Sunday, April 28, 2019

Twin blows and the end of the line. (The Greys of Falldon, Part III)

(Continues on from previous blogs about the Greys of Fallodon. Part I, Part II)

1928 was a bad year for Edward Grey, 1st Viscount Grey of Fallodon, as he suffered two close personal tragedies.

(In 1914, he had lost a second brother and the heir presumptive to the title, Alexander Harry Grey, who died without issue aged 44, after years of service in the West Indies as Vicar of St Jude's, Arima, Trinidad. There is little on record about him and some sources suggest that he had suffered a form of brain damage after being hit by a cricket ball as a child.)

Then, on 28 September 1928, his last surviving brother, Charles Grey, was fatally wounded in a similar fashion to that of George Grey in 1911: in Africa by a wild animal. This time it was a buffalo rather than a lion and the incident took place in Tanganyika, and he died at Tabora

The African buffalo is one of the most dangerous animals in the world, often called the widow-maker. Its weight, strength and speed has been the undoing of many a hunter.

Always dangerous. See this article in The Telegraph

Like his brother George, Charles Grey had had an adventurous career in Africa. He accompanied George in the exploration and development of the copper fields of Katanga but often travelled independently with his own boats and native carriers while exploring the lesser-known regions.

He was also a keen long distance cyclist (see Part II on George Grey). According to a correspondent in The Times:

“… On hearing the news of the outbreak of war in August, 1914, Mr Grey rode 500 miles on an ordinary bicycle to reach the nearest place where he could get into the fighting. He joined a company of the King’s African Rifles in East Africa as a lieutenant. Shortly afterwards, in an engagement against a very superior force of Germans, he was severely wounded in the left hand and forearm. Only first aid was available, and Mr Grey had to walk 22 miles to Kisumu, the nearest place where he could obtain surgical treatment. There his arm was amputated 6 in. below the shoulder, and when he had sufficiently recovered he returned to England, where he underwent two further operations. In the following year he went back to Africa and joined General Northey’s army, serving under him on the Intelligence Staff till the end of the War, being mentioned in dispatches and receiving the Military Cross. He became an expert shot with a rifle, in spite of the loss of his arm, and his death was the result of injuries that he received from a wounded buffalo while he was hunting in Tanganyika, accompanied only by four of his native servants. He was man of singular integrity, courage, and charm, and greatly beloved by every one who knew him.” [The Berwick Advertiser 4 October 1928.]

As with the real story of George Grey (see Part II), there is much about Charles Grey and his exploits in Africa that are unknown today. A book called Adventures in Africa Under the British, Belgian and Portuguese Flags by John B. Thornhill is one of the few sources on this elusive character and it describes how, while he was manager of the Tin Belt in Katanga and with the help of another white man and a group of their servants, Charles confronted and killed around twelve marauding slave traders.  Although having only one arm, it was due to his fluency in Swahili that he was made an intelligence officer during the WW1 East African Campaign.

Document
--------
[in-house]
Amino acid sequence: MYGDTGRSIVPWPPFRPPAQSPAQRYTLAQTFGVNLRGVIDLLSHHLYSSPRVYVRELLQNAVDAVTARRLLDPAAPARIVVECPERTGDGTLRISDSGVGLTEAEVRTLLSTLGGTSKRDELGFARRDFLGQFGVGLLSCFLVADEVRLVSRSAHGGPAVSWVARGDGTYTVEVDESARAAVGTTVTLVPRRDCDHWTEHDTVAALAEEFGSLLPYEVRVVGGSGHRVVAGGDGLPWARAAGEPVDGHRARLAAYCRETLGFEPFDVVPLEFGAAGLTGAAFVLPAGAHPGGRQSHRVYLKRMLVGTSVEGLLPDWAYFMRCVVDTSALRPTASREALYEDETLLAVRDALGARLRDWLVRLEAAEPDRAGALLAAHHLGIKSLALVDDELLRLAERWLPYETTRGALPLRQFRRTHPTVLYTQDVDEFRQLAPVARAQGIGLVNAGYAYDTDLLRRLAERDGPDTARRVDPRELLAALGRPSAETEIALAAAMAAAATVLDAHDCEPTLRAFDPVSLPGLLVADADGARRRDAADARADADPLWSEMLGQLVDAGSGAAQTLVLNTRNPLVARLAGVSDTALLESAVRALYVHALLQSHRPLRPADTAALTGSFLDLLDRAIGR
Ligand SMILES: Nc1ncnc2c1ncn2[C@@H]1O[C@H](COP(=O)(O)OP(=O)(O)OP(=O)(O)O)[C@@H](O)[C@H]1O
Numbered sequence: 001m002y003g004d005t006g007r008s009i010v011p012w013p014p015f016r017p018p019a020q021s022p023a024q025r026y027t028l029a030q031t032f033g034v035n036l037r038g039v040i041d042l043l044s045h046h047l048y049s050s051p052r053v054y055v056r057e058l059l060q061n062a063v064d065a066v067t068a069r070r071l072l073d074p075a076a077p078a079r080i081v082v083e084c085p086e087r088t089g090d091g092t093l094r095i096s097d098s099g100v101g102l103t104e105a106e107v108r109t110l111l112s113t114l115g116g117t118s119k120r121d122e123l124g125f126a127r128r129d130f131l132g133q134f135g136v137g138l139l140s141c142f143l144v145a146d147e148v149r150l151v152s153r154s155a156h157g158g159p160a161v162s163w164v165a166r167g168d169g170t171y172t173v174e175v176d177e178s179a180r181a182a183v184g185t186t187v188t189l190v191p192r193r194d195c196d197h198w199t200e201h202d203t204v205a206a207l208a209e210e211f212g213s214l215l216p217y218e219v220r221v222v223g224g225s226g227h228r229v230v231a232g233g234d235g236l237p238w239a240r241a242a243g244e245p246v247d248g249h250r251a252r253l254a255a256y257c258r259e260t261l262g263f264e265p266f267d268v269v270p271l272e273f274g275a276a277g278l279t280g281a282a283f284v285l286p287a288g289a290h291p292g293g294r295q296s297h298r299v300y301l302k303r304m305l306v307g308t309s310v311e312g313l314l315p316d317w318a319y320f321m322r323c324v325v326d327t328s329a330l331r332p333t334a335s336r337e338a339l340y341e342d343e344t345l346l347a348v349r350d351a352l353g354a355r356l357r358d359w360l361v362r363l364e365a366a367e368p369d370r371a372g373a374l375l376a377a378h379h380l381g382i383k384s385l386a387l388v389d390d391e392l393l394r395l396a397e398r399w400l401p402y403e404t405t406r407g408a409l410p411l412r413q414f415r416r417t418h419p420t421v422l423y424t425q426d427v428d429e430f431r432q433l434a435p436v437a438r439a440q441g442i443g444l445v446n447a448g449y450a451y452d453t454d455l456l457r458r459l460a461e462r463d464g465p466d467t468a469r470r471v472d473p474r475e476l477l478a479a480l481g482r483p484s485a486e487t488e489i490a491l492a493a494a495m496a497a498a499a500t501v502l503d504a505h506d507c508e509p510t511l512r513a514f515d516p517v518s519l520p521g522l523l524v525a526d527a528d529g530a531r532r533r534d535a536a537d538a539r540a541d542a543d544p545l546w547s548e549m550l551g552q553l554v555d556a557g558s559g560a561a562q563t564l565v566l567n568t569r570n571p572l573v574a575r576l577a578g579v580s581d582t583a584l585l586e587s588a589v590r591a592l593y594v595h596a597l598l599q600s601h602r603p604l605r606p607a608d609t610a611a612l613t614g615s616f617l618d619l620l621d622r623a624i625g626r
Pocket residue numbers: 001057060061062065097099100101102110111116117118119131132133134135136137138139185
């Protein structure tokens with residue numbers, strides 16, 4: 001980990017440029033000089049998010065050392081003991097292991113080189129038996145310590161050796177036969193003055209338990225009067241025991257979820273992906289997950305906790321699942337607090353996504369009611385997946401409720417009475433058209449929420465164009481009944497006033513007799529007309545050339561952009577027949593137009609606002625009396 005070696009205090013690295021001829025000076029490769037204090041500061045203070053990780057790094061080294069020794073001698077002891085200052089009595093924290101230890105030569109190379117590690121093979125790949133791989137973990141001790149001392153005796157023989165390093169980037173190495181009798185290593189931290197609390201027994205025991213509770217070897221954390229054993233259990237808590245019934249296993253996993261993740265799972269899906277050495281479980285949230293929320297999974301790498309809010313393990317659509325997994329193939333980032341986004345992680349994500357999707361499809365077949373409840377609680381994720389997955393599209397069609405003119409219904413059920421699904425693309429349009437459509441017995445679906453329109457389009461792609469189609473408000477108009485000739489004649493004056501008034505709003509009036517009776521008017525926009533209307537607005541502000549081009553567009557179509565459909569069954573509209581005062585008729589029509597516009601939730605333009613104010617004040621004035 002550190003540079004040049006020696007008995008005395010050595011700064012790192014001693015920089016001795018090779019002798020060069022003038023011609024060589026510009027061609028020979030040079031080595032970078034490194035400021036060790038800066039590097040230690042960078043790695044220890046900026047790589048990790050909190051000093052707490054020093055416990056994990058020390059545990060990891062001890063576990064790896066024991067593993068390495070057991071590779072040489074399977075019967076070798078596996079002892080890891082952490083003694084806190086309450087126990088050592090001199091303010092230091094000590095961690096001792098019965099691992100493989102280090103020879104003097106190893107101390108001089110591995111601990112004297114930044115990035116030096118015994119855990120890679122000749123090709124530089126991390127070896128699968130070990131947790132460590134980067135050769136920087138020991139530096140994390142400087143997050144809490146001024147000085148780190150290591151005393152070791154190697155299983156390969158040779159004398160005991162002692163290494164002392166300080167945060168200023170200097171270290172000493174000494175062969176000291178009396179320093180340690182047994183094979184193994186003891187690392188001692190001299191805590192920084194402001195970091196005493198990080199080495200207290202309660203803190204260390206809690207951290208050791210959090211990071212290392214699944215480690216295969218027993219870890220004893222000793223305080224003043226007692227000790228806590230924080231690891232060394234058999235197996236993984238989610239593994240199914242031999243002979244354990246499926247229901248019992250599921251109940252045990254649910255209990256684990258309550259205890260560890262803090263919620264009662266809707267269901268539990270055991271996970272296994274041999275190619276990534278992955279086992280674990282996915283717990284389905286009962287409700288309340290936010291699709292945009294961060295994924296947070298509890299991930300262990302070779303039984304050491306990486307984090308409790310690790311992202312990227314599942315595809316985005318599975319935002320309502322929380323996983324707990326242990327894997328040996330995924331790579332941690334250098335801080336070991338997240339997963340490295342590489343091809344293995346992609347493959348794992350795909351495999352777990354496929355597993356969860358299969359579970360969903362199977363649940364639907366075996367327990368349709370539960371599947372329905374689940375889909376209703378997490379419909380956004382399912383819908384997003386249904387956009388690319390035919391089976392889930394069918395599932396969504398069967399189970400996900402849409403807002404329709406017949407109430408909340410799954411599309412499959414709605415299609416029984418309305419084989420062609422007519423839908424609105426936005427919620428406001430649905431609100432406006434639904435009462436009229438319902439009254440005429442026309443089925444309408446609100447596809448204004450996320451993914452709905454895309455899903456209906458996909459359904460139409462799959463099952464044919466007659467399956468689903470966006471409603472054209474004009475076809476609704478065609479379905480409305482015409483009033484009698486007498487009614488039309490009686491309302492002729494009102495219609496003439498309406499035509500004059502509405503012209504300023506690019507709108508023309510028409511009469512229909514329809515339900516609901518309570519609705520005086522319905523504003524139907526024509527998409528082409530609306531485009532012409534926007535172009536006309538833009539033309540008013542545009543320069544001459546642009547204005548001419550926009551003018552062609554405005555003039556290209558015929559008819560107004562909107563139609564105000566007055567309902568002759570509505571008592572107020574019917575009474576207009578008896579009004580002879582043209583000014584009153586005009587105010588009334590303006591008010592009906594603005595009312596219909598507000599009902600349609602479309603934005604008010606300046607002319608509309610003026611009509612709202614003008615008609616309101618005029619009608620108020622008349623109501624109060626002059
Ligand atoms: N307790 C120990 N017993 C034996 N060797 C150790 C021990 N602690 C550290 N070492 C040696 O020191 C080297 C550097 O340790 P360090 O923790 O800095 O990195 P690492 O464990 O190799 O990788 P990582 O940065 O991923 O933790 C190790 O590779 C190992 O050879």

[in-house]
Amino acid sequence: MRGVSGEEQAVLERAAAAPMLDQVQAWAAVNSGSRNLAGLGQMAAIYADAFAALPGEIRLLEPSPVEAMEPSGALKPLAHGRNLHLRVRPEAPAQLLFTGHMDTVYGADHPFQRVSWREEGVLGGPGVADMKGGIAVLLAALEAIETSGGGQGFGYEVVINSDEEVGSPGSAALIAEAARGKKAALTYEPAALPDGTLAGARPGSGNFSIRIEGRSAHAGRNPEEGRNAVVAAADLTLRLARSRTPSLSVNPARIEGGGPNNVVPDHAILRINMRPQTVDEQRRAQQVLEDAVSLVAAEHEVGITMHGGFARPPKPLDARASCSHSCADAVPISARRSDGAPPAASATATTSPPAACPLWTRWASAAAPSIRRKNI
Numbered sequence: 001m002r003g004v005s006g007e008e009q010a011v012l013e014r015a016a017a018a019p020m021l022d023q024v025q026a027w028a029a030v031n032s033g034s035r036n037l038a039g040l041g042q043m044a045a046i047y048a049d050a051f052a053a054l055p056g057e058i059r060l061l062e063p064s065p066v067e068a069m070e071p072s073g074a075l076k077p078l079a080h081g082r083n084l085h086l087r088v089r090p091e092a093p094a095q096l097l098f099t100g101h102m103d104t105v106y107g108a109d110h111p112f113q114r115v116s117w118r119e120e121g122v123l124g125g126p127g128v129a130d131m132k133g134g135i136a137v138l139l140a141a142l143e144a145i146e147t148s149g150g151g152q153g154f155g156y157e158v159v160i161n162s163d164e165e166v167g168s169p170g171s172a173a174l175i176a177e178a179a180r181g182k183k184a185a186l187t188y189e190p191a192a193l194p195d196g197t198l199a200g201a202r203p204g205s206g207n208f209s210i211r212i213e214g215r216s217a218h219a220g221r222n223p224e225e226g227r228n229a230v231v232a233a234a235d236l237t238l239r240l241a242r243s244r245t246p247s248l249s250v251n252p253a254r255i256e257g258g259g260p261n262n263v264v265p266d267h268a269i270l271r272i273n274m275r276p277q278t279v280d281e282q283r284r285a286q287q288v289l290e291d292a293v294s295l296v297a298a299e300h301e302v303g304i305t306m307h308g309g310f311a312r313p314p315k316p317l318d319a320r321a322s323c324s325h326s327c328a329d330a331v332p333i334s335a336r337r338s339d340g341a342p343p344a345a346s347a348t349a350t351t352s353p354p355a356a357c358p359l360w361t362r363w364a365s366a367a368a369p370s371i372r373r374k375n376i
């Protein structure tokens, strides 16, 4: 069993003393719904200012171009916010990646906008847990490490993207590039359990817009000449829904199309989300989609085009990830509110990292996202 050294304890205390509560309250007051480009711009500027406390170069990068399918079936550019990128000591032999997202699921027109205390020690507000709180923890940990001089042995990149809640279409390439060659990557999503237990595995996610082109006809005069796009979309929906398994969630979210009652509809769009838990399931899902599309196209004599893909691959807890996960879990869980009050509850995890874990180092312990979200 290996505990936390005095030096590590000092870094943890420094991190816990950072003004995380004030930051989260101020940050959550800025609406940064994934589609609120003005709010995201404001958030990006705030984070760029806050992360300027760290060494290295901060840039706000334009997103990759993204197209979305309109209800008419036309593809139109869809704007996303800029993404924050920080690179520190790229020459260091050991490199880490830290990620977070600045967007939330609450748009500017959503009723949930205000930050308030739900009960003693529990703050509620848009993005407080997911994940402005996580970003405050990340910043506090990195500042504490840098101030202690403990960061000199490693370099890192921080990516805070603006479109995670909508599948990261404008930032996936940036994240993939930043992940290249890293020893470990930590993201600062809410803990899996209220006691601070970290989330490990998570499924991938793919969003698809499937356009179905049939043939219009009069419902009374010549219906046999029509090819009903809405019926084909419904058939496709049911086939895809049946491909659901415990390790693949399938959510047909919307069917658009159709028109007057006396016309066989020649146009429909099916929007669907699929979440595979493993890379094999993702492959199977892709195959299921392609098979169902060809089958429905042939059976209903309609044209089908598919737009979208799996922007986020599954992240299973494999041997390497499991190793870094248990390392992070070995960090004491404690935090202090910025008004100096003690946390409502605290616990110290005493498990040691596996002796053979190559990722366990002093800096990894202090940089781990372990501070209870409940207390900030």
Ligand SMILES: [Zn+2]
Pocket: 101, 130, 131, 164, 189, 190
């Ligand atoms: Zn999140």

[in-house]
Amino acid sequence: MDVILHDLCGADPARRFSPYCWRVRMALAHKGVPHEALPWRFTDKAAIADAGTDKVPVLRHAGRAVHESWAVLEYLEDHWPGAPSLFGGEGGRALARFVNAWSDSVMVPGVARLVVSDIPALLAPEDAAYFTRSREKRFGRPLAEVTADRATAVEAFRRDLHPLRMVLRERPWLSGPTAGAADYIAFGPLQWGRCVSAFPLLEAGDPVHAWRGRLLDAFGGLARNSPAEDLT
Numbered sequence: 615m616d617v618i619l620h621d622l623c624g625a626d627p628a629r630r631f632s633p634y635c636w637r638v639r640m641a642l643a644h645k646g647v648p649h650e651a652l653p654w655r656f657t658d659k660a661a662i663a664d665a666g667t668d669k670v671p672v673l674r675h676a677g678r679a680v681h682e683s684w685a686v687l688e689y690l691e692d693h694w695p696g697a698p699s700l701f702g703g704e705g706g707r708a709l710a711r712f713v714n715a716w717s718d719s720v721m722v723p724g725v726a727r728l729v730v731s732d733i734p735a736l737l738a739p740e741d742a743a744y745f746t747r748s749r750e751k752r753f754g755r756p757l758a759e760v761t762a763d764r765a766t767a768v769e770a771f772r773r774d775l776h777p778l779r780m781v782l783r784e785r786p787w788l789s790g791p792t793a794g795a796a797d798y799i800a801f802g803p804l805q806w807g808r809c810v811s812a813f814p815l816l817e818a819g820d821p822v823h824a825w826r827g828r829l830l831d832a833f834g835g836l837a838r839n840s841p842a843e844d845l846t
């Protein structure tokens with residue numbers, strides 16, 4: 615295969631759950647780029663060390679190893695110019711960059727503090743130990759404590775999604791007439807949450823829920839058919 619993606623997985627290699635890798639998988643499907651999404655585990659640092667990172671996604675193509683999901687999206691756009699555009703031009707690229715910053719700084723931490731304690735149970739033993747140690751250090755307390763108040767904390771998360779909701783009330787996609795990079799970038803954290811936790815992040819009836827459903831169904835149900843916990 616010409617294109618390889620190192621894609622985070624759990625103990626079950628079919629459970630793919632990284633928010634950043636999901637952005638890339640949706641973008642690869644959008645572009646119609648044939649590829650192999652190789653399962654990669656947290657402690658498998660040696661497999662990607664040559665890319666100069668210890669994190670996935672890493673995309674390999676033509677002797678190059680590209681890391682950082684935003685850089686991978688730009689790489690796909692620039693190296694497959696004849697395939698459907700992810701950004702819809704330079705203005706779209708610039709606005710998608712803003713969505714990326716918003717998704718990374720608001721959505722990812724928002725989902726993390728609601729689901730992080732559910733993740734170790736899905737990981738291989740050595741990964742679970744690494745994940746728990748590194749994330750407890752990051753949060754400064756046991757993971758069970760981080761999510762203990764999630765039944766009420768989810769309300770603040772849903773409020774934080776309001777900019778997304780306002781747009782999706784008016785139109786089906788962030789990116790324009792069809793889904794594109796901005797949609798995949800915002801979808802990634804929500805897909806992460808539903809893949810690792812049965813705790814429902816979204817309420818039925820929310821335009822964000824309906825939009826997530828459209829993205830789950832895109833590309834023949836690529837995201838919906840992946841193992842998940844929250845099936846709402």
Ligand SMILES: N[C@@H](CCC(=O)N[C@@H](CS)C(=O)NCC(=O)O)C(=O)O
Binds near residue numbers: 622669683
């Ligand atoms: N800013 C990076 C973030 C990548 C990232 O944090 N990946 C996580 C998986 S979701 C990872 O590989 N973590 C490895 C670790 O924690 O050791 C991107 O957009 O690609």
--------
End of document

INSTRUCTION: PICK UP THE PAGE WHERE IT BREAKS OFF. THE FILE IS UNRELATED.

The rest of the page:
Probably his last voyage. 1926 Passenger List for SS Llandovery Castle to Mombasa.
Charles gives the cryptic occupation of "Research Work"

Location of Tabora - centre of Tanganyika Territory

National Probate Calendar, UK

A few weeks after Charles died, on 18 November 1928, while residing at her country estate in Wiltshire, the second Lady Grey, the former Pamela Wyndham, became acutely ill (with what exactly is difficult to establish) and in spite of emergency attendance by a doctor was dead within hours. She was 57.

Lord Edward Grey was away at Fallodon in Northumberland and had to make an emergency dash to be at her side. This involved stopping the overnight Edinburgh-London express to pick him up. He was a director of the LNER (London and North Eastern Railway) at the time and had his own private railway station. Apparently he boarded the train at 10 pm without even bothering to pack. Early in the morning of 19 November, Pamela’s son, Lord Glenconner, met his stepfather in London with the sad news that he was too late.

Lady Grey was a popular figure in high society and widely mourned. A writer of prose, poetry, memoirs and children’s books, she had taken a particular interest in spiritualism following the death of her eldest son from her first marriage, Edward Wyndham Tennant, during the Battle of the Somme.

Her book on the subject The Earthen Vessel deals with “book tests”, in which the departed sent their messages via a medium and directed the living individuals to messages contained in extracts from various books. The medium in this case was Gladys Leonard, who chanelled an Indian woman called Feda. Mrs Leonard could not possibly have had intimate knowledge of all the specific libraries Feda mentioned, let alone the books contained in them, and so was merely the conduit for the messages from “the other side”. Mrs Leonard seems to have been discredited eventually, but Lady Grey was convinced by them and the book tests in The Earthern Vessel do make for interesting reading as to unexplained coincidences. 

Lady Grey, c. 1920, Copyright National Portrait Gallery UK

With the death of Charles Grey, the baronetcy passed to the line of an elderly cousin and thus the male descendancy from Anna Sophia Ryder, the owner of the little book in my possession that initially inspired this research into the Greys of Fallodon, came to an end.

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